Paterson Top Stories

Looking For Leaders: New Principals at 25 Percent of City Schools

School 27 is one of those getting a new principal


PATERSON, NJ – One out of every four Paterson public schools will have a principal this year who is different from the administrator who was in charge when classes began in 2011.

School board members say the turnover is unusually high and stems from the district’s efforts to improve the poor quality of the education many city children receive.

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“The level of accountability for our principals has been raised,’’ said Board of Education President Christopher Irving. “If you’re going to be chosen as the school leaders, you’ve got to lead.’’

Paterson Public Schools released its list of principals for the 2012 school year last week. [Editor's note: Subsequent to that list, the district has named Alciner Jones to be principal at School 6 and officials say an interim principal may be appointed at School 21 because  Michelle James may go on leave.] compared that list with information from the district’s website and found that 13 of the city’s 52 principal positions at “traditional” schools will be held by someone who has been appointed during the summer or during the previous academic year.

“That’s higher than the norm,’’ said school board member Jonathan Hodges. “That’s substantially higher than the norm.”

“According to the superintendent, he’s looking to ensure that the district is operating in a manner that reflects what he’s trying to accomplish,’’ added Hodges.

Evans often has said at public meetings that the principal and the teachers are the two factors that have the most impact on whether students will learn.

Grace Giglio, head of the association that represents principals, did not return a phone message seeking her comments for this story.

When asked about the changes in the principal positions, the district’s spokeswoman, Terry Corallo, said, “In a district of our size, we expect to have some turn-over each year, but we are also making strategic changes as we continue to ensure we have strong instructional leaders at each school.’’

Corallo refused to provide details on where all the reassigned principals have landed. It was not clear if any have been terminated. “I cannot provide information on personnel matters,’’ she said.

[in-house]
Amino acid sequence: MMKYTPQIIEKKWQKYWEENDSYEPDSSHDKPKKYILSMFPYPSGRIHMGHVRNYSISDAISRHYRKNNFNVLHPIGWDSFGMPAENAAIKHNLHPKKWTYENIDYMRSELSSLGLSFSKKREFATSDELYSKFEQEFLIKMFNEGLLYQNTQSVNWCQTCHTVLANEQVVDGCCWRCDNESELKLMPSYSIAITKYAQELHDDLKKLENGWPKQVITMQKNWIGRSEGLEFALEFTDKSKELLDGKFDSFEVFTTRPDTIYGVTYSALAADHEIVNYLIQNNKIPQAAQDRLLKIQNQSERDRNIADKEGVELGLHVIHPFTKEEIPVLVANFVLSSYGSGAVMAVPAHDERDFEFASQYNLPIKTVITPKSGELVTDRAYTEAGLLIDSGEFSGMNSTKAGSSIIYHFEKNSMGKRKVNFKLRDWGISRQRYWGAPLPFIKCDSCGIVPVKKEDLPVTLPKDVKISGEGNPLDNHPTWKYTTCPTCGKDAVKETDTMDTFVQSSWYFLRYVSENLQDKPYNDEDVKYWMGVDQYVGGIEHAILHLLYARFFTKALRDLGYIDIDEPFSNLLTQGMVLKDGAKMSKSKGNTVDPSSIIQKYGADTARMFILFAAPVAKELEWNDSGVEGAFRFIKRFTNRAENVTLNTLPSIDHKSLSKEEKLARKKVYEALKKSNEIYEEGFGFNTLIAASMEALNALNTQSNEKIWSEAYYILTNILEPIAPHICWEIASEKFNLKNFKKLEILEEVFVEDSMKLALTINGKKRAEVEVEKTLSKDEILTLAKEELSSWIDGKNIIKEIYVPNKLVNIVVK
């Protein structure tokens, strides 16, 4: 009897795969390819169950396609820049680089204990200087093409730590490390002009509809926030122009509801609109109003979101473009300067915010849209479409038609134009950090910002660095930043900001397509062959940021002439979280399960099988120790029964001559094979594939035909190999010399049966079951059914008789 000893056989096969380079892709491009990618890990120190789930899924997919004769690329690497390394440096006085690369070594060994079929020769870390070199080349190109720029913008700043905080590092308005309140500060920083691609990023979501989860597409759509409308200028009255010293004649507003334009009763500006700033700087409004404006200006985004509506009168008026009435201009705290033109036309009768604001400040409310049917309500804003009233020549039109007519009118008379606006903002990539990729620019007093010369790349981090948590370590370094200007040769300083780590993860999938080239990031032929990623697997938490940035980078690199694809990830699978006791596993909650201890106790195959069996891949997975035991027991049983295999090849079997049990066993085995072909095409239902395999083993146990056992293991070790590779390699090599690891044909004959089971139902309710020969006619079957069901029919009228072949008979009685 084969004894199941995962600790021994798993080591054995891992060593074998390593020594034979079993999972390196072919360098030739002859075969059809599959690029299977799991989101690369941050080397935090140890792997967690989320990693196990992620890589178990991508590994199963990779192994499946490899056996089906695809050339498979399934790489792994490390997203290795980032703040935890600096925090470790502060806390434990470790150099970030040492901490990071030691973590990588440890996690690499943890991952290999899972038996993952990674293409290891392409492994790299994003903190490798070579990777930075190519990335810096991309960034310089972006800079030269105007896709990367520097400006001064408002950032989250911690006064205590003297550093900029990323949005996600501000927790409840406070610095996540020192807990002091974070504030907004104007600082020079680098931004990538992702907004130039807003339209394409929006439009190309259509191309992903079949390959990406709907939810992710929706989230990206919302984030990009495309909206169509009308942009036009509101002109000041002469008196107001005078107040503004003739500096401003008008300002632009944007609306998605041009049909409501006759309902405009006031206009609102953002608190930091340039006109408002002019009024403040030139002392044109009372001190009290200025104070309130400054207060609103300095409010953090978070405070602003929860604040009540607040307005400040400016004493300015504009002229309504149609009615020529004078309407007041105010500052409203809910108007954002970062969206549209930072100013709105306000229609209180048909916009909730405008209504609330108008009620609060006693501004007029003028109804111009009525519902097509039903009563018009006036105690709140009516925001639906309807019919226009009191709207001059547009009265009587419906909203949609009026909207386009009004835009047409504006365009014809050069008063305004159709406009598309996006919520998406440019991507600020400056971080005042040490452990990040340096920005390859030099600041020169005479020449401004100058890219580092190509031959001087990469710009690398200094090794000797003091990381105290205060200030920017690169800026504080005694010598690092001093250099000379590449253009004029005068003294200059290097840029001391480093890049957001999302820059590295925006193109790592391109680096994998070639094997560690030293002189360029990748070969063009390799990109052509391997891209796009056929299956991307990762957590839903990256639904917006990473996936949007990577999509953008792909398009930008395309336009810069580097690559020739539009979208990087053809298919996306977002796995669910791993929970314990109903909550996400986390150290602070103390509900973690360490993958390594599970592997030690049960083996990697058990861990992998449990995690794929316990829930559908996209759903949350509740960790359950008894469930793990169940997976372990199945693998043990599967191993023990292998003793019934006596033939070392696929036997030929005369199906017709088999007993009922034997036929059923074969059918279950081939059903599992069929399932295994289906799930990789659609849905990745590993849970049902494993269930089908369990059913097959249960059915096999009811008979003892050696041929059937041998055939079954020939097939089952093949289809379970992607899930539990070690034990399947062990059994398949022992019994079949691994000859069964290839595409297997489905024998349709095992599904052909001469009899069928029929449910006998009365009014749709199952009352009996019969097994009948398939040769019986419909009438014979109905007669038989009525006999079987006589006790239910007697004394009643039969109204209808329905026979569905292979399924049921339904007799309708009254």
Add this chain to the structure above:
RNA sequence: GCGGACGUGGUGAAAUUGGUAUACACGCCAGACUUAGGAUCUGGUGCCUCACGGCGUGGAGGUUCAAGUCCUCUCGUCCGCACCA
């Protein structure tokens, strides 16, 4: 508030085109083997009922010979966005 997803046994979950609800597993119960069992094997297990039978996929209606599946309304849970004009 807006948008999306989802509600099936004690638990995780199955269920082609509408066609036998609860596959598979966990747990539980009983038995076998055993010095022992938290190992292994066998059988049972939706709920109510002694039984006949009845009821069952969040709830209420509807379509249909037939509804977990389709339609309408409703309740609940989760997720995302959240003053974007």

In fact, New Jersey law says the salaries and job titles of school district employees are considered public information.

Corallo said that to the best of her knowledge none of the replaced principals has retired.

In several cases, principals are being moved from one school to another. For example, Frank Puglise is being switched from School 21 to School 27.

In three instances - New Roberto Clemente and Schools 11 and 15 - new principals are being put in place as part of the reconfiguration of those three schools.

In three instances, at Schools 3, 8 and 26, Corallo said new principals were put in place during the 2011-12 school year. She said “they are not technically ‘new this year’”. included those instances in its tally of changes because the three principals were not in those jobs at the start of school a year ago.

Here’s the complete list of schools that have had principal changes in the past 12 months: Kennedy High’s Architecture and Construction Trade academy, Kennedy’s Science, Technology, Engineering and Mathematics academy, Garrett Morgan Academy, New Roberto Clemente, Don Bosco, and Schools 3, 6, 8, 11, 15, 21, 26, and 27.

The president of the Paterson Education Association, the union that represents city teachers, said the changes in leadership have created an “unstable environment.’’

“That’s part of or concern,’’ said the union president, Peter Tirri. “The district is in constant upheaval and change. From our perspective, it’s not change for a purpose, it’s change for the sake of change.’’

Under the reforms enacted in the school district this year, principals have gained increased autonomy on which teachers they have in their schools. Tirri said there have numerous reassignments of teachers to go along with the administrative changes.

Irving said that additional authority over their staffs brings greater expectations for the principals’ performance. Irving said the district also is providing principals with extra “coaching” and is encouraging its most successful principals to “share best practices” with others.

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